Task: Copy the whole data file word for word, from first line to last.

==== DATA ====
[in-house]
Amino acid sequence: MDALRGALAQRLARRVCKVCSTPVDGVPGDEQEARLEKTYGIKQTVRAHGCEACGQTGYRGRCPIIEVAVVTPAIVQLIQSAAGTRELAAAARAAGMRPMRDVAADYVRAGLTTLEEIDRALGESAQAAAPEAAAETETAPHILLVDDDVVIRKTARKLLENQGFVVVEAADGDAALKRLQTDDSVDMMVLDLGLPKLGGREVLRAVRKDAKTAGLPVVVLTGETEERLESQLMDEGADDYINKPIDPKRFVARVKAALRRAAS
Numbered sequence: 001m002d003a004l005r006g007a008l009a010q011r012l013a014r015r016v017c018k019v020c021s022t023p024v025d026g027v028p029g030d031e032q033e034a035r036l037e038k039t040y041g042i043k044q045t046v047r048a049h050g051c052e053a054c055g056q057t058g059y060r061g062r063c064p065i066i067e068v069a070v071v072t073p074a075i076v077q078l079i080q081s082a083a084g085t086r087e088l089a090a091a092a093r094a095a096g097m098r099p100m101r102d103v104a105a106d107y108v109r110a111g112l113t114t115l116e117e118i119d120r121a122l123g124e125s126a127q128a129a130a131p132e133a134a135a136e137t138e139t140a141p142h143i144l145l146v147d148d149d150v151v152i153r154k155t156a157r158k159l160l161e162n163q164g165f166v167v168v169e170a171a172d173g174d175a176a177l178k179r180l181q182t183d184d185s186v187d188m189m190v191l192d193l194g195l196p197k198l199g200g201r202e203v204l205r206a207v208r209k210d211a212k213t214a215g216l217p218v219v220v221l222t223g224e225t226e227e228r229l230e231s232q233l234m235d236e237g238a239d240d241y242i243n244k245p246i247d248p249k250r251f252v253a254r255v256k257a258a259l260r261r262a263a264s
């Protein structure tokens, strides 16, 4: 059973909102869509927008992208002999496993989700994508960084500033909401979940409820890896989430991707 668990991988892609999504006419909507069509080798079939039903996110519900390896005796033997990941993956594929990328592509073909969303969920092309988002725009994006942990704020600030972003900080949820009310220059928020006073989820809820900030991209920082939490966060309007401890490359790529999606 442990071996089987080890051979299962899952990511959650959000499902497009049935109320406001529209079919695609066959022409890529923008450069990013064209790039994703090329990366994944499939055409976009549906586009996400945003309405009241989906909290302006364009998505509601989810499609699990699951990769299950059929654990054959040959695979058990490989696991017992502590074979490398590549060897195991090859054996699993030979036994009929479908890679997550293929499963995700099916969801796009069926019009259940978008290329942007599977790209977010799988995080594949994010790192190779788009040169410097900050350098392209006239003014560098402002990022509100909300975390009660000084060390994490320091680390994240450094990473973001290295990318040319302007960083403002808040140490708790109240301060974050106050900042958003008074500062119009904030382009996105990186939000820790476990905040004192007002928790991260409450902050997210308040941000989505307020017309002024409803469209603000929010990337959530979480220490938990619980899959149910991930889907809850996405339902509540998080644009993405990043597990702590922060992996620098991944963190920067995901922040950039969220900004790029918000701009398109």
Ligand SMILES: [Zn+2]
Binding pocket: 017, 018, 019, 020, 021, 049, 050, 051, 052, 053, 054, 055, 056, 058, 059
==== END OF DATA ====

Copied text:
[in-house]
Amino acid sequence: MDALRGALAQRLARRVCKVCSTPVDGVPGDEQEARLEKTYGIKQTVRAHGCEACGQTGYRGRCPIIEVAVVTPAIVQLIQSAAGTRELAAAARAAGMRPMRDVAADYVRAGLTTLEEIDRALGESAQAAAPEAAAETETAPHILLVDDDVVIRKTARKLLENQGFVVVEAADGDAALKRLQTDDSVDMMVLDLGLPKLGGREVLRAVRKDAKTAGLPVVVLTGETEERLESQLMDEGADDYINKPIDPKRFVARVKAALRRAAS
Numbered sequence: 001m002d003a004l005r006g007a008l009a010q011r012l013a014r015r016v017c018k019v020c021s022t023p024v025d026g027v028p029g030d031e032q033e034a035r036l037e038k039t040y041g042i043k044q045t046v047r048a049h050g051c052e053a054c055g056q057t058g059y060r061g062r063c064p065i066i067e068v069a070v071v072t073p074a075i076v077q078l079i080q081s082a083a084g085t086r087e088l089a090a091a092a093r094a095a096g097m098r099p100m101r102d103v104a105a106d107y108v109r110a111g112l113t114t115l116e117e118i119d120r121a122l123g124e125s126a127q128a129a130a131p132e133a134a135a136e137t138e139t140a141p142h143i144l145l146v147d148d149d150v151v152i153r154k155t156a157r158k159l160l161e162n163q164g165f166v167v168v169e170a171a172d173g174d175a176a177l178k179r180l181q182t183d184d185s186v187d188m189m190v191l192d193l194g195l196p197k198l199g200g201r202e203v204l205r206a207v208r209k210d211a212k213t214a215g216l217p218v219v220v221l222t223g224e225t226e227e228r229l230e231s232q233l234m235d236e237g238a239d240d241y242i243n244k245p246i247d248p249k250r251f252v253a254r255v256k257a258a259l260r261r262a263a264s
């Protein structure tokens, strides 16, 4: 059973909102869509927008992208002999496993989700994508960084500033909401979940409820890896989430991707 668990991988892609999504006419909507069509080798079939039903996110519900390896005796033997990941993956594929990328592509073909969303969920092309988002725009994006942990704020600030972003900080949820009310220059928020006073989820809820900030991209920082939490966060309007401890490359790529999606 442990071996089987080890051979299962899952990511959650959000499902497009049935109320406001529209079919695609066959022409890529923008450069990013064209790039994703090329990366994944499939055409976009549906586009996400945003309405009241989906909290302006364009998505509601989810499609699990699951990769299950059929654990054959040959695979058990490989696991017992502590074979490398590549060897195991090859054996699993030979036994009929479908890679997550293929499963995700099916969801796009069926019009259940978008290329942007599977790209977010799988995080594949994010790192190779788009040169410097900050350098392209006239003014560098402002990022509100909300975390009660000084060390994490320091680390994240450094990473973001290295990318040319302007960083403002808040140490708790109240301060974050106050900042958003008074500062119009904030382009996105990186939000820790476990905040004192007002928790991260409450902050997210308040941000989505307020017309002024409803469209603000929010990337959530979480220490938990619980899959149910991930889907809850996405339902509540998080644009993405990043597990702590922060992996620098991944963190920067995901922040950039969220900004790029918000701009398109």
Ligand SMILES: [Zn+2]
Binding pocket: 017, 018, 019, 020, 021, 049, 050, 051, 052, 053, 054, 055, 056, 058, 059